Researchers at Russia-based security company Doctor Web have noticed that a piece of malware designed to run on Linux computers has been ported by its creators to Windows.
In May, Doctor Web uncovered several Linux Trojan variants that appeared to have been created by the same individual or group located in China. The threats, part of malware families dubbed Linux.DDoS, Linux.Mrblack and Linux.DnsAmp, are capable of abusing infected Linux machines for various types of distributed denial-of-service (DDoS) attacks.
The security firm reported last week that Linux.DnsAmp was ported to Windows. Trojan.DnsAmp.1, the Windows version of Linux.DnsAmp, is installed on affected systems as a service called “Windows Test My Test Server 1.0,” with the main executable file being dropped into the %System32% folder as “vmware-vmx.exe.” The threat is designed to activate only if the system date is set after 02.21.2013, otherwise it remains idle.
Then, the malware collects information on the infected system and sends it back to its command and control (C&C) servers. Once this is done, the attackers can command the Trojan to start or stop a DDoS attack. DnsAmp.1 is capable of SYN flood, UDP flood, ping flood and HTTP Get flood attacks. The Linux version can be used for DNS amplification, instead of HTTP Get flood attacks, the experts said.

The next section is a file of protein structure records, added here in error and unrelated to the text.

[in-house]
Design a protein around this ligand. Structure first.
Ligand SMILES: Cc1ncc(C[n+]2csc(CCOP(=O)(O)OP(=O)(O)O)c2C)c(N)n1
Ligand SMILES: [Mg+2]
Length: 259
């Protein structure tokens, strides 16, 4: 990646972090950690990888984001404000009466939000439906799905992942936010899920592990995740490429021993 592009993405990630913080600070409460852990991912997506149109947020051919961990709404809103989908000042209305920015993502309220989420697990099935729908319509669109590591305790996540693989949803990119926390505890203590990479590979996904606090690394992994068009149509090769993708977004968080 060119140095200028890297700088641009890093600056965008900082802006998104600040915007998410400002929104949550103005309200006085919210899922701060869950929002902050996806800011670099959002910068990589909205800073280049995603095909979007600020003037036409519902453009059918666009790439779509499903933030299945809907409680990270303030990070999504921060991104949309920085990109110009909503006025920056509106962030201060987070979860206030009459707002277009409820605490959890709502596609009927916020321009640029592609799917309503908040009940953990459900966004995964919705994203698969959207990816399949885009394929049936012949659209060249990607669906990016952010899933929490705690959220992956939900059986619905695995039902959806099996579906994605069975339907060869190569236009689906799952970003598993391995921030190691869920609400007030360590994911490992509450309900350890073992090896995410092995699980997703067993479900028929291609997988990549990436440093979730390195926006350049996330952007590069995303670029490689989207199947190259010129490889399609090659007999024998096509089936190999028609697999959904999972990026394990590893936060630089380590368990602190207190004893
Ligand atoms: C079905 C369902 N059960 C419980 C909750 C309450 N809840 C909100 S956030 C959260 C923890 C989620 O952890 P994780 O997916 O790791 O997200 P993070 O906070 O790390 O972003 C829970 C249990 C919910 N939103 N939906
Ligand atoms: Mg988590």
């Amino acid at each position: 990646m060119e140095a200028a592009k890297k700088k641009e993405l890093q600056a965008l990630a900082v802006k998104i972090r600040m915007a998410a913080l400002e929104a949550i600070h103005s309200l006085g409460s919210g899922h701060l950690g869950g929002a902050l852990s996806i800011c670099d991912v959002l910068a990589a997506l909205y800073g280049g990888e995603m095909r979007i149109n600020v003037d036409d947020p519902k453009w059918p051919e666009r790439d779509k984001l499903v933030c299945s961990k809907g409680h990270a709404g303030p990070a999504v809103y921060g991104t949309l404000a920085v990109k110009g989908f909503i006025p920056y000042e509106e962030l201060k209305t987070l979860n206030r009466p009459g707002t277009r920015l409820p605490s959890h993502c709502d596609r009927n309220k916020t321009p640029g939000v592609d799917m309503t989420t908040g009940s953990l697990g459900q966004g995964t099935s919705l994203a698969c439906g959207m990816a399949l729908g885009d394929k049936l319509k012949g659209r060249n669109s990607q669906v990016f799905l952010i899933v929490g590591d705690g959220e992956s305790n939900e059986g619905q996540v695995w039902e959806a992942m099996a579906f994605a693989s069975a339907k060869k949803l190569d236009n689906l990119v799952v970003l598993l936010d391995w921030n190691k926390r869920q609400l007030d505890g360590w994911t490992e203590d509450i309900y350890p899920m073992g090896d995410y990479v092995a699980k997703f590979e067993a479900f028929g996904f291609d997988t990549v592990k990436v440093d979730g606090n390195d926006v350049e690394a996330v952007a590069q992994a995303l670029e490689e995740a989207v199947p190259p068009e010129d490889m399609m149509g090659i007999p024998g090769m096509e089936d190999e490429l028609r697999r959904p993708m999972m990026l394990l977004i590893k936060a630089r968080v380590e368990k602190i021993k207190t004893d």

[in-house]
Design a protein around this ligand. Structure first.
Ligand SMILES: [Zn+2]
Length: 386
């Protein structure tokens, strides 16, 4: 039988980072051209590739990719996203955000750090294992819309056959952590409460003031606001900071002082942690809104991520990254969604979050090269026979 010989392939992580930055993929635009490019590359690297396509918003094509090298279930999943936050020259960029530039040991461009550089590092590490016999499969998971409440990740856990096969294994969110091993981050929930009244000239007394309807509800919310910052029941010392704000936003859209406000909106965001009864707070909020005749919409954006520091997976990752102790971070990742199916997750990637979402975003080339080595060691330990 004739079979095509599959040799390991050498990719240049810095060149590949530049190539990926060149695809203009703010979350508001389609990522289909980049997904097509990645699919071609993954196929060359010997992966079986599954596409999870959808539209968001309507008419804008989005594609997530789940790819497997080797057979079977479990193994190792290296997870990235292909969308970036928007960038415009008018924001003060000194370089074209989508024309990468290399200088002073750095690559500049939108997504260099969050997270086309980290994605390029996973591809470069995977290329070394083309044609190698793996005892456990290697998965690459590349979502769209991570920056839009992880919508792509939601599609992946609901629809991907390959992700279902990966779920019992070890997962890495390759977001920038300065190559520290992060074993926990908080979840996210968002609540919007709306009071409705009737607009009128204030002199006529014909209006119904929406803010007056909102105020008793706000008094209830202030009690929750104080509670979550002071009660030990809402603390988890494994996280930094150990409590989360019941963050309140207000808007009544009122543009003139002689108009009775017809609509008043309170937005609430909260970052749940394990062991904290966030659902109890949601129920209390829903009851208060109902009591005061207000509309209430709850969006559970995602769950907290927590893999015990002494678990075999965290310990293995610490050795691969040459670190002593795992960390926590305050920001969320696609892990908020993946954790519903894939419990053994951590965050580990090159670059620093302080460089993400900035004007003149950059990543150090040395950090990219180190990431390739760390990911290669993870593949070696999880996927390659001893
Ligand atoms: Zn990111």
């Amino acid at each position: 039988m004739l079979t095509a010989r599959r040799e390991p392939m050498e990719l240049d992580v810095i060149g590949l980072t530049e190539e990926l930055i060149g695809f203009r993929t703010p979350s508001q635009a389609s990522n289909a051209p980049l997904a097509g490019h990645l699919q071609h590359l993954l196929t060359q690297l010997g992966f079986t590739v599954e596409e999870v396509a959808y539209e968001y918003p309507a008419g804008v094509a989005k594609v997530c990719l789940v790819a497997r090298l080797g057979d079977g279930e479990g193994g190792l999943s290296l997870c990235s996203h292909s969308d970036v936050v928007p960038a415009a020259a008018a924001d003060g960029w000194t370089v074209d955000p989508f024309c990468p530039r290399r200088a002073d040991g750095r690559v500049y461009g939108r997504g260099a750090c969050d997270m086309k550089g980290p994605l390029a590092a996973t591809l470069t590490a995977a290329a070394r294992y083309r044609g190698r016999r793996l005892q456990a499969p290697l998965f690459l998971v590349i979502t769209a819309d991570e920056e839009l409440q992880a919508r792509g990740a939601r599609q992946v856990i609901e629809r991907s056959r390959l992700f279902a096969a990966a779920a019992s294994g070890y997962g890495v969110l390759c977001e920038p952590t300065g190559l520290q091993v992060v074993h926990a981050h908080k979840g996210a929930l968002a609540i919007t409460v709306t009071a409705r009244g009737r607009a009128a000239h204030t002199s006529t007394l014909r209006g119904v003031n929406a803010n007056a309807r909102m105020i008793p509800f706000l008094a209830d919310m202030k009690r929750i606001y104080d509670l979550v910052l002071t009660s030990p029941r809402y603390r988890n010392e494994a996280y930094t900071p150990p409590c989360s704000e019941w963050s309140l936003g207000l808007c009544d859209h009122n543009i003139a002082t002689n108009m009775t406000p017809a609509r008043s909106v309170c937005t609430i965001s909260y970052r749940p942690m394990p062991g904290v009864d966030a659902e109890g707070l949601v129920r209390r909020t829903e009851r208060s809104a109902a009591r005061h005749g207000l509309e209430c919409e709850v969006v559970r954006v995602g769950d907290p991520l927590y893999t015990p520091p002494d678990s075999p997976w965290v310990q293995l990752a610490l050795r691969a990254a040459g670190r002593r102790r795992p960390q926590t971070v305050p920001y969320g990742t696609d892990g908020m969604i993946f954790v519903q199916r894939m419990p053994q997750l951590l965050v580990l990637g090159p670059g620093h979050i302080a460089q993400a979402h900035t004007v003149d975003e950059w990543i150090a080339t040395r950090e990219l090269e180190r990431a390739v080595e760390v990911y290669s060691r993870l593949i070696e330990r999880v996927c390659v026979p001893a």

In addition to launching DDoS attacks, the Trojan can also be utilized to download and execute other malicious software on infected devices.
Doctor Web has been monitoring infections and found that between June 5 and August 13, most of the affected machines were located in China (28,093 infections representing 79.1% of the total). According to the company, 9.4% of infections were traced to the United States.
Last month, Kaspersky described a similar DDoS Trojan for Linux whose most interesting feature was the ability to conduct DNS amplification attacks. Unlike other Linux Trojans, this one had a sophisticated modular structure.